Picture this: Mardi Gras, 1996. The vibe before the parade is as upbeat as always, but this time, there’s also tension.

The nation has gone to the polls during the day and, as the floats lumber up Oxford Street, the first election results will start to drizzle in.

I’m standing on Flinders Street with a gaggle of friends, drinking cheap champagne and flirting with a couple of cute English boys.

We’re having a pretty lairy time, except for one of us -“ my unionist friend Andrew, who’s got one ear plugged into a transistor radio.

As the parade passes, in all its noisy glory, Andrew gets more and more depressed. He relays snippets of news on to the rest of us, each snippet worse than the one before.

For a crowd of lefty poofs, John Howard’s victory is bad news indeed.

Our newfound Pommie friends -“ themselves a pair of lefty poofs, Andy and Paul -“ cotton on to the collective mood, and soon they’re listening in on Andrew’s radio as well. The talk gets deeper.

Eventually, the parade dies in the arse, along with the Keating government -“ but after this much champagne has been sunk, our little group is in a bolshy, hilarious mood.

Before too long, we’re high-kicking our way to the Albury, and Andrew and Andy are snogging.

Thus it began. Over the next few weeks, Andrew showed Andy the full gamut of Mardi Gras hospitality (everything from Bondi Beach to bumsex), and their parting was a scene of some angst.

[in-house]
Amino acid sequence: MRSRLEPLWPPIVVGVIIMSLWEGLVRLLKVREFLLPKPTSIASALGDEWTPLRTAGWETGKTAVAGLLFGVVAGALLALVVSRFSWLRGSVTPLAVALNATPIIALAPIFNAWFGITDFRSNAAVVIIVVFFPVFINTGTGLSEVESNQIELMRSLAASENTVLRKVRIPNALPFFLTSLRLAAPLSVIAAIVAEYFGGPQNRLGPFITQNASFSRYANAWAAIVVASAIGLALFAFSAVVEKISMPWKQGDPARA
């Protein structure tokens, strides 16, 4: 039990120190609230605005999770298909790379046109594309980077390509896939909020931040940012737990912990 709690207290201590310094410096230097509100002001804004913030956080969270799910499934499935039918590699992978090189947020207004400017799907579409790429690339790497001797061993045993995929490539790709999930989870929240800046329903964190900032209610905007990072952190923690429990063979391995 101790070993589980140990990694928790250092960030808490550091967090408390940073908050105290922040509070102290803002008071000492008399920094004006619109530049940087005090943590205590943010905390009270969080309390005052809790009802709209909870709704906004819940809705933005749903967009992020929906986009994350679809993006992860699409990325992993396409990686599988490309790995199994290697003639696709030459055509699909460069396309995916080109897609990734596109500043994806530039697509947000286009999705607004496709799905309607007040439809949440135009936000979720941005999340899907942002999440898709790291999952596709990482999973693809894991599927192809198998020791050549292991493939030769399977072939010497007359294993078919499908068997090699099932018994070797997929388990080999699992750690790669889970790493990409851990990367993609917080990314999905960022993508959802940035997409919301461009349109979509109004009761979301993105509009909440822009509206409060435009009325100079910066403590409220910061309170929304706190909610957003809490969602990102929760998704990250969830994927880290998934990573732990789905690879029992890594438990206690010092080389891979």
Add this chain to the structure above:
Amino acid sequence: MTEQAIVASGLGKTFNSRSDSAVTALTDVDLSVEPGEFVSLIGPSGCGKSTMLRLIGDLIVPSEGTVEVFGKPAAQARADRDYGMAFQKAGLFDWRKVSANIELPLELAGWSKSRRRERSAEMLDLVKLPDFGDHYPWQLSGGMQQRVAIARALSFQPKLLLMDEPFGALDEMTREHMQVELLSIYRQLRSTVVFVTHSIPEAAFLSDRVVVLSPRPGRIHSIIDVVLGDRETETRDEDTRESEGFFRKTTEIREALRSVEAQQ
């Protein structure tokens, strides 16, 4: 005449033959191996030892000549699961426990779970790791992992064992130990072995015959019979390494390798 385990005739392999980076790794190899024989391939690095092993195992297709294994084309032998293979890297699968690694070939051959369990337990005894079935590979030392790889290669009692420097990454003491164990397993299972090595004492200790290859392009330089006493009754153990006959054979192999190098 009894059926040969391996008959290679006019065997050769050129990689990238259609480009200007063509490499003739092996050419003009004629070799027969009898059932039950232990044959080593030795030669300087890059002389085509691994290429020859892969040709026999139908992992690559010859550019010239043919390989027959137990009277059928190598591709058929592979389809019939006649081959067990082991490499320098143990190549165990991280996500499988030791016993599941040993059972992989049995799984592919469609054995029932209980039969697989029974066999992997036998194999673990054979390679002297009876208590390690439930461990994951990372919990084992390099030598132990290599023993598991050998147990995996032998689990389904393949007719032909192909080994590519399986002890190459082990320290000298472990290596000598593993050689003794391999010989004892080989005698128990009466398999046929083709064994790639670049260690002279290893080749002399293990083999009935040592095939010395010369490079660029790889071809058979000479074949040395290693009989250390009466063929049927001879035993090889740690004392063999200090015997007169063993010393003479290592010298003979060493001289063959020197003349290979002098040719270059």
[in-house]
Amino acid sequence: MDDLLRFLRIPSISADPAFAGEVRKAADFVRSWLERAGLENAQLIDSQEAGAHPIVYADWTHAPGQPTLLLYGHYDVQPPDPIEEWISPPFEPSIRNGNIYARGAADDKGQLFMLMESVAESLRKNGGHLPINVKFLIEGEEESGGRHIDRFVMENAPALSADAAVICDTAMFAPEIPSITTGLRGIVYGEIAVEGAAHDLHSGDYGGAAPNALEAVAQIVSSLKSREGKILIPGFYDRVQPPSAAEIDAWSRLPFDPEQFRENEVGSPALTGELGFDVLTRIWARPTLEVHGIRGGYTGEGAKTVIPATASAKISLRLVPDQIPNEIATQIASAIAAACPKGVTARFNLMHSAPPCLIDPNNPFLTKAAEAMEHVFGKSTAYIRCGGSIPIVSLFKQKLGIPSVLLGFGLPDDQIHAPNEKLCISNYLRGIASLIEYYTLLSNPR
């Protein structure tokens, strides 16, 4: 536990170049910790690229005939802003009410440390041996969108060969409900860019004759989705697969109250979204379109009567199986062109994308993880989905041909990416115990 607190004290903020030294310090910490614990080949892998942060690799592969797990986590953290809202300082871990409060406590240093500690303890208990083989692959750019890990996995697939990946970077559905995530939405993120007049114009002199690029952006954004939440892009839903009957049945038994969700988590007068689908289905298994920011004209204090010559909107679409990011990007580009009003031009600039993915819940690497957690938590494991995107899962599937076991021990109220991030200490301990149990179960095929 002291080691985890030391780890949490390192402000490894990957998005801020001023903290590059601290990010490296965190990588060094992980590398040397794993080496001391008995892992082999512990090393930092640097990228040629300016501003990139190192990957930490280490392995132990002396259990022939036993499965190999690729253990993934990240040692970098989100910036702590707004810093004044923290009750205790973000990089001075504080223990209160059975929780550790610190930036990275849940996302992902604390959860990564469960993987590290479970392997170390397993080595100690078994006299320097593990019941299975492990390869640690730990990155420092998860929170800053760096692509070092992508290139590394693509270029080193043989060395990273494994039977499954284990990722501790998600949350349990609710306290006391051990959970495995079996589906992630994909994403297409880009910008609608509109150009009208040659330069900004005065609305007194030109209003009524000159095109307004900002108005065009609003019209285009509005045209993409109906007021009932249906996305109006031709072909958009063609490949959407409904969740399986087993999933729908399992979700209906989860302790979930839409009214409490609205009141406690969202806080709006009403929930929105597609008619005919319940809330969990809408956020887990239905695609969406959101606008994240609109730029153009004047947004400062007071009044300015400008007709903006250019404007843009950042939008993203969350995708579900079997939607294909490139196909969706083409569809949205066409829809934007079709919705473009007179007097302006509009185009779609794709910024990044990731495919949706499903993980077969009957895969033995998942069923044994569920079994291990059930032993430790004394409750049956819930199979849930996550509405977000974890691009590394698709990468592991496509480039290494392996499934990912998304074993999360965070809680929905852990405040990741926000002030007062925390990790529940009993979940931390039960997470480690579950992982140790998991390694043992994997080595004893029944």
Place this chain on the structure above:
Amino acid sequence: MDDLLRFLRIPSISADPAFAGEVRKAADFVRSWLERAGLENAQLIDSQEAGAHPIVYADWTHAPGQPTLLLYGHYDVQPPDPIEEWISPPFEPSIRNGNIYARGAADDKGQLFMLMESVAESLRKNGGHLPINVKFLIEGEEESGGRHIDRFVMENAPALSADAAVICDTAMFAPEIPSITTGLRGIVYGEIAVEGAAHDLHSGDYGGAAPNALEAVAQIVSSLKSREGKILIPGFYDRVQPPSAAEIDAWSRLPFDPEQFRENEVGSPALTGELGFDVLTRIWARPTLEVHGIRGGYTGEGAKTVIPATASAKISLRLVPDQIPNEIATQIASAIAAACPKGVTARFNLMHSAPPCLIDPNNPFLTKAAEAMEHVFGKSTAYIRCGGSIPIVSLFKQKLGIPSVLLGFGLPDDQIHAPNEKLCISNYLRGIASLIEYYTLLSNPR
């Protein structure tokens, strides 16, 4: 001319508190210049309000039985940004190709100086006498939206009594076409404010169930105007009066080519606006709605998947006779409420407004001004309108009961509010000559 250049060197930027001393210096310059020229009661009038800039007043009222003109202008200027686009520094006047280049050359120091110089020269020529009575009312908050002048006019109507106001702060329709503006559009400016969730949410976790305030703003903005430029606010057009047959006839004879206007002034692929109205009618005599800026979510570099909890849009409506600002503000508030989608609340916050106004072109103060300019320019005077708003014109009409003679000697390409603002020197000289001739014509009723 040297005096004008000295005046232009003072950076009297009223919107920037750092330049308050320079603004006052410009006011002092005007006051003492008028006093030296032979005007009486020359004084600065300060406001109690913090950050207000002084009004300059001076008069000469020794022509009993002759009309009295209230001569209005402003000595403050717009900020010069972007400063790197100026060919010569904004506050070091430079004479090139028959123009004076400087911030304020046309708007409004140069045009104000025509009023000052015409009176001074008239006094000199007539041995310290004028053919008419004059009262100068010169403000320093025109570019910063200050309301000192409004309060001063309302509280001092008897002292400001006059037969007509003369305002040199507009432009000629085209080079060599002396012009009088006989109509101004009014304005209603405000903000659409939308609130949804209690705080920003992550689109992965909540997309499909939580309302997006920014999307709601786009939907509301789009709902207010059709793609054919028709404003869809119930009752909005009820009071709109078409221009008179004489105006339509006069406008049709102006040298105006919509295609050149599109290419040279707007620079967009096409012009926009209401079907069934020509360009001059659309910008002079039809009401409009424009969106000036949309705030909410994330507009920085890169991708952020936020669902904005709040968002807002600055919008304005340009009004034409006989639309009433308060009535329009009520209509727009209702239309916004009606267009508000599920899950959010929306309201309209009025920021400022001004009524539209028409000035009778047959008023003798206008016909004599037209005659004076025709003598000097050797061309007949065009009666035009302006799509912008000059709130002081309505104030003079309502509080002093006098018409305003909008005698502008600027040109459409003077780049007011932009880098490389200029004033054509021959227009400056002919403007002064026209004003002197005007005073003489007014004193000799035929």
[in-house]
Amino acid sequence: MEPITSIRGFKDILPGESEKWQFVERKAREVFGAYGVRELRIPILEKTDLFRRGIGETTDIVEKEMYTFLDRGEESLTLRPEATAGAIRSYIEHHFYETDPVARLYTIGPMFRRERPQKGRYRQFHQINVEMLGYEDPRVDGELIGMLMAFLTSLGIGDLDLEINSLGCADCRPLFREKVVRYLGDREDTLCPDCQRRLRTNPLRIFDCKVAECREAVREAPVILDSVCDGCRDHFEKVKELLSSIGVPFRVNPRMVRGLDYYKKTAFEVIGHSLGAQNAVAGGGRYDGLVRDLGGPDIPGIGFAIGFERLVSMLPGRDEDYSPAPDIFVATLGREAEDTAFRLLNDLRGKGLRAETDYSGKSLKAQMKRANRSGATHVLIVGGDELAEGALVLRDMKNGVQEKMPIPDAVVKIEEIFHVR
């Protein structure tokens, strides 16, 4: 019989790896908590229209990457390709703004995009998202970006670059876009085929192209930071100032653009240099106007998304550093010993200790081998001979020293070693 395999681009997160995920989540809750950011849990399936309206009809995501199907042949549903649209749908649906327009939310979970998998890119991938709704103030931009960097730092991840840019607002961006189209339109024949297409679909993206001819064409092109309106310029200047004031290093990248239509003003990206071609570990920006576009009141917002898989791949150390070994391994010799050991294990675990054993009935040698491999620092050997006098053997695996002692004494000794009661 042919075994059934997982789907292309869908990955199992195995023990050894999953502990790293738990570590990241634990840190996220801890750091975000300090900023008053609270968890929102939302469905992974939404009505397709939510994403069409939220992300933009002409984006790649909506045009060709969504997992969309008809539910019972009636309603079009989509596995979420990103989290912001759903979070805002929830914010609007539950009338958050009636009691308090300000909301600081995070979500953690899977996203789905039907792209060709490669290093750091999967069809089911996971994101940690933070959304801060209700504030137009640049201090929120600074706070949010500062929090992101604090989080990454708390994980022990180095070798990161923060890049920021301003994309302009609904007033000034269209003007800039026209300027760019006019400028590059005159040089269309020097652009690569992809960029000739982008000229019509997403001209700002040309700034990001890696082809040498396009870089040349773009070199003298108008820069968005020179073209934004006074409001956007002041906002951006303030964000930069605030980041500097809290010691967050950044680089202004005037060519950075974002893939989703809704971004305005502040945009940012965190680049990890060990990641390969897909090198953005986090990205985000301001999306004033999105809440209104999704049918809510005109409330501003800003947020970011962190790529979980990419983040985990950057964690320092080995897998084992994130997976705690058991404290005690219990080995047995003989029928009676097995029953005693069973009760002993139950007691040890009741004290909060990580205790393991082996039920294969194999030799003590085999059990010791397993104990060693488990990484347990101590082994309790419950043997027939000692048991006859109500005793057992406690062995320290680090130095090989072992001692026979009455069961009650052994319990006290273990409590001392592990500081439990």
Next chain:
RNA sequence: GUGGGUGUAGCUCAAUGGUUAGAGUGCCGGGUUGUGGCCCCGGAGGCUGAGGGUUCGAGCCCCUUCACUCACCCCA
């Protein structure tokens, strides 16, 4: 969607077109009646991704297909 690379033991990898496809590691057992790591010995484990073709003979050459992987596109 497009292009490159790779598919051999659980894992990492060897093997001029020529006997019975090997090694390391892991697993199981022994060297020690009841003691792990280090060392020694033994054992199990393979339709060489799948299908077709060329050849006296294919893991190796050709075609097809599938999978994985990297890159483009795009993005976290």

After that, things got tricky. The boys stayed in contact, missing each other but unsure whether their future was together.

About a year later, Andy returned for another holiday, and after some dithering, he and Andrew resumed their romance -“ but in earnest this time.

When Andy returned home, Andrew decided to follow him to London and give their relationship a shot.

They’ve been together ever since.

That would be the end of the story, except last week, my boyfriend and I received an invitation to their wedding. We desperately want to go -“ partly because the boys are our friends, and partly because weddings are always fun.

But for me, there’s another reason. When Andrew met Andy, that night in 1996, none of us could have predicted that in 10 years’ time, we would live in a world where boys could marry other boys.

But here we are: in some parts of the world, it’s a reality, and that fact alone is worth celebrating.

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